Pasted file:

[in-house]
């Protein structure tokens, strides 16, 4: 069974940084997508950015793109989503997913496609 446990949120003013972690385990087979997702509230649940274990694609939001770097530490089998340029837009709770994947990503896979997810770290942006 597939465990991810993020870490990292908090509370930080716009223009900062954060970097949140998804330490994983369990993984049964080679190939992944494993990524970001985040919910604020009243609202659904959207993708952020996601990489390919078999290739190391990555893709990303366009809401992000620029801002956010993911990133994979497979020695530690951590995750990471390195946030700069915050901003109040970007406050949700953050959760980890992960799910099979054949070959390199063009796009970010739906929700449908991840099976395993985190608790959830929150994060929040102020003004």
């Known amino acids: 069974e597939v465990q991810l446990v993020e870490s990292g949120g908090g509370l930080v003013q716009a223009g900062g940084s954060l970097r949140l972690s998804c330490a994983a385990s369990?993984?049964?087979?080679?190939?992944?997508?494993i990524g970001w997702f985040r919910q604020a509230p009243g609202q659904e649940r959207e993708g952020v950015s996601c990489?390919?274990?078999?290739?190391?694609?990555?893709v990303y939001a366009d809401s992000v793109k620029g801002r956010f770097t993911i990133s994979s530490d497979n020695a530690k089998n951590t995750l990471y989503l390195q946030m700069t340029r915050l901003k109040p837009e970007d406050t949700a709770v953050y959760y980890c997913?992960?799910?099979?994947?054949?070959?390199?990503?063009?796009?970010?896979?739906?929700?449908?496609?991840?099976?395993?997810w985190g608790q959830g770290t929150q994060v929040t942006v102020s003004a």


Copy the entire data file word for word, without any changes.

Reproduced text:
[in-house]
């Protein structure tokens, strides 16, 4: 069974940084997508950015793109989503997913496609 446990949120003013972690385990087979997702509230649940274990694609939001770097530490089998340029837009709770994947990503896979997810770290942006 597939465990991810993020870490990292908090509370930080716009223009900062954060970097949140998804330490994983369990993984049964080679190939992944494993990524970001985040919910604020009243609202659904959207993708952020996601990489390919078999290739190391990555893709990303366009809401992000620029801002956010993911990133994979497979020695530690951590995750990471390195946030700069915050901003109040970007406050949700953050959760980890992960799910099979054949070959390199063009796009970010739906929700449908991840099976395993985190608790959830929150994060929040102020003004």
């Known amino acids: 069974e597939v465990q991810l446990v993020e870490s990292g949120g908090g509370l930080v003013q716009a223009g900062g940084s954060l970097r949140l972690s998804c330490a994983a385990s369990?993984?049964?087979?080679?190939?992944?997508?494993i990524g970001w997702f985040r919910q604020a509230p009243g609202q659904e649940r959207e993708g952020v950015s996601c990489?390919?274990?078999?290739?190391?694609?990555?893709v990303y939001a366009d809401s992000v793109k620029g801002r956010f770097t993911i990133s994979s530490d497979n020695a530690k089998n951590t995750l990471y989503l390195q946030m700069t340029r915050l901003k109040p837009e970007d406050t949700a709770v953050y959760y980890c997913?992960?799910?099979?994947?054949?070959?390199?990503?063009?796009?970010?896979?739906?929700?449908?496609?991840?099976?395993?997810w985190g608790q959830g770290t929150q994060v929040t942006v102020s003004a």